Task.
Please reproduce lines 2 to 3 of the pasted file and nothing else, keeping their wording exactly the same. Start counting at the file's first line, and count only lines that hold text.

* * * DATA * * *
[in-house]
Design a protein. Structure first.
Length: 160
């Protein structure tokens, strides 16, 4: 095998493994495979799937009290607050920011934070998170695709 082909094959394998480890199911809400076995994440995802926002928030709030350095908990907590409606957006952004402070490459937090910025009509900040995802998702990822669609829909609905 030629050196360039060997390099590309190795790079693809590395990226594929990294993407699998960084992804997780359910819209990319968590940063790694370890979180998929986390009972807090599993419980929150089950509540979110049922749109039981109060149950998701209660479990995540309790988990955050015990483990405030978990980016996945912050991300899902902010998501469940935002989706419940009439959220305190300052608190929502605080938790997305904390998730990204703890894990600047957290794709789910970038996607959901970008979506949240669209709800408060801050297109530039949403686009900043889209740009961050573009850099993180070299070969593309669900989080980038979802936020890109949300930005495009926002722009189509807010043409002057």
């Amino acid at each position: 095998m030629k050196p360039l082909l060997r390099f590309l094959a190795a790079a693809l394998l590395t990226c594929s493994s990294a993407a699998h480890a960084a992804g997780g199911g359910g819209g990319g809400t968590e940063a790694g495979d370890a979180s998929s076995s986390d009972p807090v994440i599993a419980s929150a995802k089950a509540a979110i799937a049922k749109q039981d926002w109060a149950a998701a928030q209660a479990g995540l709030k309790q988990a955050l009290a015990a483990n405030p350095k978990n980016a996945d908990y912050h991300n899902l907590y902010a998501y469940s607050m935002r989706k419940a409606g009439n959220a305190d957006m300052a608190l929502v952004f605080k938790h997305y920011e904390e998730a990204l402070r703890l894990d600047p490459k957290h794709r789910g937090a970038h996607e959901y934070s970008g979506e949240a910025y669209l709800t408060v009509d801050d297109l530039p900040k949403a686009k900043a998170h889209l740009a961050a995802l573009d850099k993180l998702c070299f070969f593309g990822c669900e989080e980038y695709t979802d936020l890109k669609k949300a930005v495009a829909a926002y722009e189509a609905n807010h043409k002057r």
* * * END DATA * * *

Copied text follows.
Design a protein. Structure first.
Length: 160